object code and stores
it on disk.
Dis
k
Dis
Primary k
Memory
Linker links the object
code with the libraries
Loader puts program
in memory.
..
..
..
Primary Memory
CPU
..
© Copyright 1992–2004 by Deitel & Associates, Inc. and Pearson Education Inc. All Rights Reserved.
..
..
CPU takes each
instruction and
executes it, possibly
storing new data
values as the program
executes.
19
1.15 Hardware Trends
• Every year or two the following approximately
double:
– Amount of memory in which to execute programs
– Amount of secondary storage (such as disk storage)
• Used to hold programs and data over the longer term
– Processor speeds
• The speeds at which computers execute their programs
© Copyright 1992–2004 by Deitel & Associates, Inc. and Pearson Education Inc. All Rights Reserved.
20
1.16 History of the Internet
• The Internet enables
– Quick and easy communication via e-mail
– International networking of computers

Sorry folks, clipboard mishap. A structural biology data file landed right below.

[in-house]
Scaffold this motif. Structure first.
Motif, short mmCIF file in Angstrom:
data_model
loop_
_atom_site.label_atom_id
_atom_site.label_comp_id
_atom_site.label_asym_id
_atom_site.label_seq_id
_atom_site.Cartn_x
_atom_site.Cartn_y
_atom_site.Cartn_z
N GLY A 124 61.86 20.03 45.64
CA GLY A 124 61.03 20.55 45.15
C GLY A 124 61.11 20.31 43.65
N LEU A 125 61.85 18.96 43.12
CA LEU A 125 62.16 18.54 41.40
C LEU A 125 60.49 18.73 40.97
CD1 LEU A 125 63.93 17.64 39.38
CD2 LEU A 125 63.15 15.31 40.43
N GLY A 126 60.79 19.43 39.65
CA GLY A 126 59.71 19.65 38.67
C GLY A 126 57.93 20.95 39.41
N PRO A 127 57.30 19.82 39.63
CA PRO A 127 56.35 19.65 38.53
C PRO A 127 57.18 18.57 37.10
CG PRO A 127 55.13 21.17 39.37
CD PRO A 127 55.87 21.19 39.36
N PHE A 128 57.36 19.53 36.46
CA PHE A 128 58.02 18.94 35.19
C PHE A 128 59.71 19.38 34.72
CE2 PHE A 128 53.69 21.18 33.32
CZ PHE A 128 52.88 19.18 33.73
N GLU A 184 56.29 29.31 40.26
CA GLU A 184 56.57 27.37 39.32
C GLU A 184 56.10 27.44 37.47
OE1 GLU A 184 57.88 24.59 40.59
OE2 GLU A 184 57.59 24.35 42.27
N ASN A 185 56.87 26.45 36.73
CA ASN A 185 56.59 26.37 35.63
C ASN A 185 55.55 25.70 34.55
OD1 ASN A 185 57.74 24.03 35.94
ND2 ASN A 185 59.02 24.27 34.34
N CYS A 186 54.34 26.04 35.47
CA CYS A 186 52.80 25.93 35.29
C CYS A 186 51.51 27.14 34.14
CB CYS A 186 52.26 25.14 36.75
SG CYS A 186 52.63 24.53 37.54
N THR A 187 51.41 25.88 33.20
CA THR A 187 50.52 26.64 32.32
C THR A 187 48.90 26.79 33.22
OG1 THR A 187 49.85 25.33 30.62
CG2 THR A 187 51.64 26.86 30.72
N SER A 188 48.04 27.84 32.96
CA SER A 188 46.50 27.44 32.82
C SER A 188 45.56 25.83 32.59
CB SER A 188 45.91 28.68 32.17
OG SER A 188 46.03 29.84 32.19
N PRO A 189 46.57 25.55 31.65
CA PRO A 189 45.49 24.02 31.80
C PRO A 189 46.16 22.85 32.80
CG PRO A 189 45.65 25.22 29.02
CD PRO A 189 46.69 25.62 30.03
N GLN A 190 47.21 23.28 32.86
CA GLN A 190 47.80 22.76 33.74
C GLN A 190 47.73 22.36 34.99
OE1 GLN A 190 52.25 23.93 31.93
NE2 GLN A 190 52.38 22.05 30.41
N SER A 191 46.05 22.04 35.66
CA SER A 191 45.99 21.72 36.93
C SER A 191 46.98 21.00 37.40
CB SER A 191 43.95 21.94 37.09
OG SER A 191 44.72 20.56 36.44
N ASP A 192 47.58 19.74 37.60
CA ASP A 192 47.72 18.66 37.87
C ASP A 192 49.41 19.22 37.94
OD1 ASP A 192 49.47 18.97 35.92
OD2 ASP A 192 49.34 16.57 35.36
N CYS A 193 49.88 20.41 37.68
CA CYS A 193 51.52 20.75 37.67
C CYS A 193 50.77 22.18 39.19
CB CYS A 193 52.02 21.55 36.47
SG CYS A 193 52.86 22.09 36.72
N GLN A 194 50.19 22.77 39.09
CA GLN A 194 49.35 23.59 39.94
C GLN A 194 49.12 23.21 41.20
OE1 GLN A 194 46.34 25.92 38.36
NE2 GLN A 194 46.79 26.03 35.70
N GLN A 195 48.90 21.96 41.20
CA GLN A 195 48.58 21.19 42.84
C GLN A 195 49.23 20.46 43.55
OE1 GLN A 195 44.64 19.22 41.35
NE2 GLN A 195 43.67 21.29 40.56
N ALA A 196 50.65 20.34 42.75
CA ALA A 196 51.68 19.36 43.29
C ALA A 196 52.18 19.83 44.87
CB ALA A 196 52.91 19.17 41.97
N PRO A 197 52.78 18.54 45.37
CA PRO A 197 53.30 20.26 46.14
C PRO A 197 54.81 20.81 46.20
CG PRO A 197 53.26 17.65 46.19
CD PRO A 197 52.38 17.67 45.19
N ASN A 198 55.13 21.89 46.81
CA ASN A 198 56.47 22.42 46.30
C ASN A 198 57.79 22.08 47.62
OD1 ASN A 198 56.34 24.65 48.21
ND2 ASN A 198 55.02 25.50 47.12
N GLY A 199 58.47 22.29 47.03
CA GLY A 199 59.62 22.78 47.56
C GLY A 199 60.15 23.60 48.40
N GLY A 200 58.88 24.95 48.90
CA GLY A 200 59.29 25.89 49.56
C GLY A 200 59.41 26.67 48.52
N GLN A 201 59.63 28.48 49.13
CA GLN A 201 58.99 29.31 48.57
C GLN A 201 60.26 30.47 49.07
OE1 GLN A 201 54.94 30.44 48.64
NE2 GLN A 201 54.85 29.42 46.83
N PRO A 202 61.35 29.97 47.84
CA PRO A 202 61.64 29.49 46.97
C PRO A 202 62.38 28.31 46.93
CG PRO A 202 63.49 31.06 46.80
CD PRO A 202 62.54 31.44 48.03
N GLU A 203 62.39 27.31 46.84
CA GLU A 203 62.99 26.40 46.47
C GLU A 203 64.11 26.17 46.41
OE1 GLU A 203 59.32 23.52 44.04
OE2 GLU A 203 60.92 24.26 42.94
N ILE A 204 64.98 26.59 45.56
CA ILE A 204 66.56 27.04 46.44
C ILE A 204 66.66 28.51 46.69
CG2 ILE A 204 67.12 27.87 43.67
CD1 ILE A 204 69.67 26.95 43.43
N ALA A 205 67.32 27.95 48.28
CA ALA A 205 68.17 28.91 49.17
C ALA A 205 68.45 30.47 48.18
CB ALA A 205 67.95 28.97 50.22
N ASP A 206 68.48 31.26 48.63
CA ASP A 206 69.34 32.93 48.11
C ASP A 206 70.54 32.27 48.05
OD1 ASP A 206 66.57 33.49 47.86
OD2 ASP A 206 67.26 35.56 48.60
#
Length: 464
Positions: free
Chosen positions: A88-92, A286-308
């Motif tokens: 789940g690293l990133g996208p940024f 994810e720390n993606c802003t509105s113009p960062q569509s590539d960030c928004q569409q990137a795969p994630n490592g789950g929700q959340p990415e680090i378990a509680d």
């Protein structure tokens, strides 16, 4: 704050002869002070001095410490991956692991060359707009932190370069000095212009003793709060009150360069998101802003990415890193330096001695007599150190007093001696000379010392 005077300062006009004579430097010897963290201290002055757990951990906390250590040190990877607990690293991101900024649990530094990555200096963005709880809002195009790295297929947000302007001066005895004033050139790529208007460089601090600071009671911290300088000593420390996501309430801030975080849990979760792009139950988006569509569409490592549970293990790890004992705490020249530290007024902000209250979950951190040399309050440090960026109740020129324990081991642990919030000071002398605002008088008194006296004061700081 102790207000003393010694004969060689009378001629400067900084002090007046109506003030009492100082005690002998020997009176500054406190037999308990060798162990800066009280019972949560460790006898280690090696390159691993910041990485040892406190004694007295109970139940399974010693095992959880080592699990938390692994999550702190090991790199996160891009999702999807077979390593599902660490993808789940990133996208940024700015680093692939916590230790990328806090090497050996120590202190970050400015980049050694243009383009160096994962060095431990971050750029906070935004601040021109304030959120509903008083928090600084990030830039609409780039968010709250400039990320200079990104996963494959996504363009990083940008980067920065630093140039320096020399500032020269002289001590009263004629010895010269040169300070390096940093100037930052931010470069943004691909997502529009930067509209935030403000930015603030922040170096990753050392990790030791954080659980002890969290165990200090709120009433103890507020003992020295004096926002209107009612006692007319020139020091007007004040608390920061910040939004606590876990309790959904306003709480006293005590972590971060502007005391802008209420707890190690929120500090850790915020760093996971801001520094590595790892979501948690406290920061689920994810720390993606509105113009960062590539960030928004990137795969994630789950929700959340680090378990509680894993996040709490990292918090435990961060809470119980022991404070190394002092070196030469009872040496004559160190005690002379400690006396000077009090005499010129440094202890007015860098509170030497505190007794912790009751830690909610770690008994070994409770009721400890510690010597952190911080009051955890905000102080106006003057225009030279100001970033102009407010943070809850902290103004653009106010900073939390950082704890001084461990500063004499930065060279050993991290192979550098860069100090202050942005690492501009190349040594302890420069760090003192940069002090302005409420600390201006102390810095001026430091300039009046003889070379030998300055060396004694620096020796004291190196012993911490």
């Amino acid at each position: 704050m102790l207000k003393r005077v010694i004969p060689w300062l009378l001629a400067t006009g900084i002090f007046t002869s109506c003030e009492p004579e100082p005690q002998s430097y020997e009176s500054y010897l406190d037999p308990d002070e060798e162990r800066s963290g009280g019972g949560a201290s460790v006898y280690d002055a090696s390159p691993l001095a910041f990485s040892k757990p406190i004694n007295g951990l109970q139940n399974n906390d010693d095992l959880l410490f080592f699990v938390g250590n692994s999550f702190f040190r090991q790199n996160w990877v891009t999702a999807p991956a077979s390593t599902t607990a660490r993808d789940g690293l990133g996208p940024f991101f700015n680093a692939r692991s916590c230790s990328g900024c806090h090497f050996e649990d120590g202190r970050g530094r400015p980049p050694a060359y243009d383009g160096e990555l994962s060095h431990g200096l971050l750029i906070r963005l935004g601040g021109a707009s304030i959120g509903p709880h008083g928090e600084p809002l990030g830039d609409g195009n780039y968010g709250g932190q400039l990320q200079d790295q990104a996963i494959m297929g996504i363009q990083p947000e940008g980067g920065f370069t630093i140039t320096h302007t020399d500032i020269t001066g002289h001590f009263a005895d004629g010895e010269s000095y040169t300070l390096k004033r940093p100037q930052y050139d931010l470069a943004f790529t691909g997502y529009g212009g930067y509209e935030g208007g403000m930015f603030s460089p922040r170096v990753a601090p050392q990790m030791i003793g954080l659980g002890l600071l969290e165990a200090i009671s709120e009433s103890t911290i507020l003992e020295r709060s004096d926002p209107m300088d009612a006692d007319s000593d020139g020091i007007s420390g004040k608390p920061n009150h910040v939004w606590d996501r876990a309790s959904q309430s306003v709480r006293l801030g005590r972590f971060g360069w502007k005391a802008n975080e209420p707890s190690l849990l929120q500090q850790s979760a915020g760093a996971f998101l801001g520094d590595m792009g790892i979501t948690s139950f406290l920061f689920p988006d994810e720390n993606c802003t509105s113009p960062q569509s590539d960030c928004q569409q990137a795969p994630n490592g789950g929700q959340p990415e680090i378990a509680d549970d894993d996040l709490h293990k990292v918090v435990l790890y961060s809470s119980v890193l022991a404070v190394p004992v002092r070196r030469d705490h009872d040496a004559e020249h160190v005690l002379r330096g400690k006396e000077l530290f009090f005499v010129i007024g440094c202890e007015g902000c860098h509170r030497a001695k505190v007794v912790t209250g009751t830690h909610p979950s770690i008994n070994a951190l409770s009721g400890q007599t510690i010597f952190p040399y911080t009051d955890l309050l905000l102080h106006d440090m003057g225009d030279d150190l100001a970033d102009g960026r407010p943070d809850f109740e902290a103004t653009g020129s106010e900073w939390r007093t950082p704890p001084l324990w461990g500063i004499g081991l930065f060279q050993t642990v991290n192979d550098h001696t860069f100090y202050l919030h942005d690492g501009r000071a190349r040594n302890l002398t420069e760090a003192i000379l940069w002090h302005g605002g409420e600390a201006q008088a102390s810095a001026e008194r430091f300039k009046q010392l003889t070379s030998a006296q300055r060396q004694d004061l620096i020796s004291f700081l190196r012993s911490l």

• Packet switching
– The transfer of digital data via small packets
– Allows multiple users to send and receive data
simultaneously
• No centralized control
– If one part of the Internet fails, other parts can still operate
• TCP/IP
• Bandwidth
– Information carrying capacity of communications lines
© Copyright 1992–2004 by Deitel & Associates, Inc. and Pearson Education Inc. All Rights Reserved.
21
1.17 History of the World Wide Web
• World Wide Web
– Locate and view multimedia-based documents on almost any
subject
– Makes information instantly and conveniently accessible
worldwide
– Possible for individuals and small businesses to get
worldwide exposure
– Changing the way business is done
© Copyright 1992–2004 by Deitel & Associates, Inc. and Pearson Education Inc. All Rights Reserved.
22
1.18 General Notes About C
and This Book
• Program clarity
– Programs that are convoluted are difficult to read,
understand, and modify
• C is a portable language
– Programs can run on many different computers
– However, portability is an elusive goal
• We will do a careful walkthrough of C
– Some details and subtleties are not covered
– If you need additional technical details
• Read the C standard document
• Read the book by Kernigan and Ritchie
© Copyright 1992–2004 by Deitel & Associates, Inc. and Pearson Education Inc. All Rights Reserved.